Meredith got the ball back with no timeouts and the Redskins playing deep prevent. He threw a 26 yard pass to Pete Gent. On the next play Meredith rolled out for a 12 yard gain and ran out of bounds, stopping the clock. The Redskins were 59 seconds from victory. Two plays to Walt Garrison were inconsequential. On third and nine, Meredith completed another pass to Pete Gent that carried the Cowboys to the Redskins 33. The Redskins mounted a strong pass rush to push the Cowboys out of field goal range. Meredith was hit just as he scrambled out of bounds. The penalty put the Boys on the Redskins 12 for an easy Villanueva field goal. Cowboys 31-30.
Meredith completed 21 of 28 passes for 406 yards and 2 TDs. Jurgensen was 26 of 35 for 347 yards and 3 scores.
December 11, 1966, The Cotton Bowl. The Redskins visited the Cowboys a short month later with memories fresh. The Redskins took a 10-7 lead at the half after linebacker John Reger recovered a block punt and ran it in for a score. Then the shootout commenced. Danny Villanueva kicked a tieing 26 yard field goal for the Cowboys and Bob Hays caught a 23 yard pass for for the 17-10 lead. The Redskins tied it up on Bobby Mitchell's 11 yard reception from Jurgensen. The Cowboys regained the lead when Dan Reeves stunned the Redskins with a 67 yard touchdown run. Cowboys 24-17. The Skins drove the field and scored on Jurgensen's 11 yard pass to Jerry Smith, only to have the Cowboys regain the lead with Don Perkins 6 yard touchdown run. Cowboys 31-24. Jurgensen hit Charlie Taylor with a 65 yard touchdown bomb that Taylor caught between two defenders. 31-31. The Skins got the ball back with two minutes to go.
From their 46 yard line, with the Cowboys defending the pass, Redskins running back A.D. Whitfield ran right for a 30 yard gain (fooled ya). The run set up Charlie Gogolak's winning field goal. Redskins 34-31.
October 8, 1967, DC Stadium. This was the lowest scoring of the four games. The Redskins led 14-10 with 70 seconds to go in the fourth quarter. The Cowboys took possession on their 29. Meredith completed a 17 yarder to Craig Baynham, who ran out of bounds. The next two plays were inconsequential. Meredith hit Lance Renzel for 12 yards and a second time for 6. On fourth down with 23 seconds remaining, Meredith hit an open Dan Reeves who beat out linebacker Chris Hanberger to score. Cowboys 17-14. After the kick-off with 7 seconds to go, Jurgensen pitched a long bomb (in the Cold War era, there were a lot of football references to "bombs") to Charlie Taylor, who was brought to ground at the Cowboys 20 yard line as time ran out.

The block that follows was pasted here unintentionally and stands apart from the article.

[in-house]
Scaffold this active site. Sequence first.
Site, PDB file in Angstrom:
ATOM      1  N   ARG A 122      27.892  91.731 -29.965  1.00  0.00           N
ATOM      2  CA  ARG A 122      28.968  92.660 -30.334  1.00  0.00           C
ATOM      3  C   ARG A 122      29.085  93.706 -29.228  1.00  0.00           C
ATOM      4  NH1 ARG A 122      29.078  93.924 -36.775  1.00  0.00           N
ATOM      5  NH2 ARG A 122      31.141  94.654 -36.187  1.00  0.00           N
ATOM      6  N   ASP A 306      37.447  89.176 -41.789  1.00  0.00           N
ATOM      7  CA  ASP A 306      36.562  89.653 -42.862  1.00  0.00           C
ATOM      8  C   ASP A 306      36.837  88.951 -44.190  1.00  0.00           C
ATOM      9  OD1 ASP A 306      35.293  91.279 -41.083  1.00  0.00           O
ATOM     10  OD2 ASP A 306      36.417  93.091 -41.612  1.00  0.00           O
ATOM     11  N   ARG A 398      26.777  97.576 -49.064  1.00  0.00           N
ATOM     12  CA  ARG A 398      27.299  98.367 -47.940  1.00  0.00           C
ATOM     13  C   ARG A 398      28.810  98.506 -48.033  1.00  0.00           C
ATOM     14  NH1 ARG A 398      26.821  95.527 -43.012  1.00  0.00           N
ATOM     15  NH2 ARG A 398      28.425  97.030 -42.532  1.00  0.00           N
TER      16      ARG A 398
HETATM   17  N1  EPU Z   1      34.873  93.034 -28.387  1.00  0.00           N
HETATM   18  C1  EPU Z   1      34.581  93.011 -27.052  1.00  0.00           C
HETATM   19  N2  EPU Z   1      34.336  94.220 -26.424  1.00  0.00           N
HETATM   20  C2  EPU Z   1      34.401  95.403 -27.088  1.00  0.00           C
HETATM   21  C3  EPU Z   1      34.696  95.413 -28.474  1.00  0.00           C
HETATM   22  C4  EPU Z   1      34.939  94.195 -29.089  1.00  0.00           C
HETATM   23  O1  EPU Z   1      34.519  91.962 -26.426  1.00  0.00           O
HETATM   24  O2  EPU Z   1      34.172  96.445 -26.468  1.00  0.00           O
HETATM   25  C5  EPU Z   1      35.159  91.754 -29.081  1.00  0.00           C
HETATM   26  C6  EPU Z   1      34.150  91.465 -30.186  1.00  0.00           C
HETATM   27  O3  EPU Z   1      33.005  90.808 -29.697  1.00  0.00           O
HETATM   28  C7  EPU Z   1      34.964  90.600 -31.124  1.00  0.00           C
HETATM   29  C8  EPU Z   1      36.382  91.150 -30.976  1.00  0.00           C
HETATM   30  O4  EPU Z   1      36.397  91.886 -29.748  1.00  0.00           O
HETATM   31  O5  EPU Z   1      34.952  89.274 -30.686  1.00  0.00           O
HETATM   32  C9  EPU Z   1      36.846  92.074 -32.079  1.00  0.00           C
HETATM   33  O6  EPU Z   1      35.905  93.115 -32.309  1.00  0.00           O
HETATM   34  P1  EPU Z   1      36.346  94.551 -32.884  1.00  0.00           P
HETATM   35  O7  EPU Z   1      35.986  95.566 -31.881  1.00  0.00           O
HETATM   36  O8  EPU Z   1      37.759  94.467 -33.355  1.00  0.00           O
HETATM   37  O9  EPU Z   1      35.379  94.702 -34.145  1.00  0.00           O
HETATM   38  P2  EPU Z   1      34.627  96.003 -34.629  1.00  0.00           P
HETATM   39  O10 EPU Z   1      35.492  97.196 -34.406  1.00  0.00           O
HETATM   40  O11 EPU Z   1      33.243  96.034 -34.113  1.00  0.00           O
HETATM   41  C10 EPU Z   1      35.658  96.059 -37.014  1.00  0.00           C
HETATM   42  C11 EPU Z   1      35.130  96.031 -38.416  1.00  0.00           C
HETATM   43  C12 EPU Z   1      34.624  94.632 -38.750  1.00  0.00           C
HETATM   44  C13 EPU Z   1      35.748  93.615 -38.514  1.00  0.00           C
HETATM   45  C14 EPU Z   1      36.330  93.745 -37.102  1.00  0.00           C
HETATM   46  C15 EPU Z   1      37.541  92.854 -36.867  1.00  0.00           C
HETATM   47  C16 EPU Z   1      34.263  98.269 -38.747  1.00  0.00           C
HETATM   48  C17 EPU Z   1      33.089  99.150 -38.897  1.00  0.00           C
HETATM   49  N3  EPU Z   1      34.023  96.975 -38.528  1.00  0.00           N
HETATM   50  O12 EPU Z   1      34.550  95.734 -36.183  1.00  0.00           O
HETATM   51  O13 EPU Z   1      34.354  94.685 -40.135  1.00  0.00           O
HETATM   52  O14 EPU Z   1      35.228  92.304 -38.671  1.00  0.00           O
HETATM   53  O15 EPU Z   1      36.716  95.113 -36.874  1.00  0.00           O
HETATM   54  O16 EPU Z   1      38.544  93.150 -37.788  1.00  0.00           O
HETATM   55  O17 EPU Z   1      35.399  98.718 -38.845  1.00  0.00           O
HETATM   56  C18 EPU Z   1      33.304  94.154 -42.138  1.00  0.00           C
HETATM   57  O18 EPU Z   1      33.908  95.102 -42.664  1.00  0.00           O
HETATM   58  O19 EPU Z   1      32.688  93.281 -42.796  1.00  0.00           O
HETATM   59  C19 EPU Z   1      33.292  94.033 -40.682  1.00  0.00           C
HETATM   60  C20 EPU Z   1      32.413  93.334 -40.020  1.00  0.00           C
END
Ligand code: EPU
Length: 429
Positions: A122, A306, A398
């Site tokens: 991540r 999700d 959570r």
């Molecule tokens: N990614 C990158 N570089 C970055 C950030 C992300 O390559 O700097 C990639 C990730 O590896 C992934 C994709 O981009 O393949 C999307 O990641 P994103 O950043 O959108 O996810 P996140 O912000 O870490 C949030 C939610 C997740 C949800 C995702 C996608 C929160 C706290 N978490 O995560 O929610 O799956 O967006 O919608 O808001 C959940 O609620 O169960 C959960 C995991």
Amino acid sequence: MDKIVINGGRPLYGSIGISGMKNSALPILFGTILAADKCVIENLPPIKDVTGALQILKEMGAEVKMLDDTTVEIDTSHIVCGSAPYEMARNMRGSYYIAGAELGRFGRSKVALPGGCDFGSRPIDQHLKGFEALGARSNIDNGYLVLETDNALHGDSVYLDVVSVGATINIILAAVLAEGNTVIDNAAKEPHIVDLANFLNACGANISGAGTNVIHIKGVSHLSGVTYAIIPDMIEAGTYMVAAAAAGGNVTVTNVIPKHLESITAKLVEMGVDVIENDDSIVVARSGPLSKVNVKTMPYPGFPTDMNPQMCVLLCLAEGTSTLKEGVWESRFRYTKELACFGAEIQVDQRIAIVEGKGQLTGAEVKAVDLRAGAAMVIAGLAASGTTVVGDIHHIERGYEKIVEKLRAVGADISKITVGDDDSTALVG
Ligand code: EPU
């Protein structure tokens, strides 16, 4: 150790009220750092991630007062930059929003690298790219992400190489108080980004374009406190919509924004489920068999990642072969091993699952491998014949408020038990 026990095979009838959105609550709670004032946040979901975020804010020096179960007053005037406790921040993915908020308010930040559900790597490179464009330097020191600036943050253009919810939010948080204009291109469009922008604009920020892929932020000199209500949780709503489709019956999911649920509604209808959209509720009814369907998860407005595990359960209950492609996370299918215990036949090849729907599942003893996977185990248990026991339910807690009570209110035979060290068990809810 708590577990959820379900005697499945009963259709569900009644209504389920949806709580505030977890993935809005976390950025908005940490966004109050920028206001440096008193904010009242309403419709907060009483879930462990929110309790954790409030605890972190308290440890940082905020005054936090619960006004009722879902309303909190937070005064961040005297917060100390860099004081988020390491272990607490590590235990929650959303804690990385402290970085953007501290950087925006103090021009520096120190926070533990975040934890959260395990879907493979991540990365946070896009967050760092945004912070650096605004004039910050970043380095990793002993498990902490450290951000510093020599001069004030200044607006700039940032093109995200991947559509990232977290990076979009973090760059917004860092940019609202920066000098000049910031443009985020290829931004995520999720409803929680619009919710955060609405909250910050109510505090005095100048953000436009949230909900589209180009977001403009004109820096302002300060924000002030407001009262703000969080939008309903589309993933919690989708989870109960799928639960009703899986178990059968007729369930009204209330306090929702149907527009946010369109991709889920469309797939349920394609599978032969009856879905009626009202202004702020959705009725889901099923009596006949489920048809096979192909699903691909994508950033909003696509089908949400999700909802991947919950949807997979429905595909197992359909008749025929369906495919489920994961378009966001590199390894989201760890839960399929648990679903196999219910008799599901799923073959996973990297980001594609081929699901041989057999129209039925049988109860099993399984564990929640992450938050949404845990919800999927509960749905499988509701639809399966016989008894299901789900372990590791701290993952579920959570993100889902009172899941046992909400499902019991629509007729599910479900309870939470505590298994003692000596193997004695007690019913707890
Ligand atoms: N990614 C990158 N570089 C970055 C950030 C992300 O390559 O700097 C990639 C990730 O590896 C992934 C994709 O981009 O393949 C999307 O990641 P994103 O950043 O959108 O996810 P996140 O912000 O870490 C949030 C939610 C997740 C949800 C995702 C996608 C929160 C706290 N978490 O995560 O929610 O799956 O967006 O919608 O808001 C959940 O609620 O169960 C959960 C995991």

Washington won the rematch in Dallas 27-20, but the ever more powerful Cowboys closed out the decade with four straight wins over the Skins. By the late 60's the Redskins had had enough. If the Cowboys could win with ex-Giants coordinator Tom Landry, then the Redskins would get an ex-Giants coordinator, too. They hired pugnacious Vince Lombardi to lead the team. Lombardi's 7-5-2 record with the Redskins was the team's first winning season in 14 years, but he was swept by the Cowboys. Lombardi's untimely death in 1970 froze Redskins development for two seasons.
Edward Bennett Williams, now in control of the Redskins, set out to make a coaching hire as groundbreaking as was Lombardi's. With his next choice, the Redskins-Cowboys rivalry went from storied to legendary.
Next, Part III - The Future Is Now!
Source: Clary, Jack, PRO FOOTBALL'S GREATEST MOMENTS, Bonanza Books, New York, New York, 1983
Friday, September 15, 2006
Part II. Jurgensen vs. Meredith: Aces Wild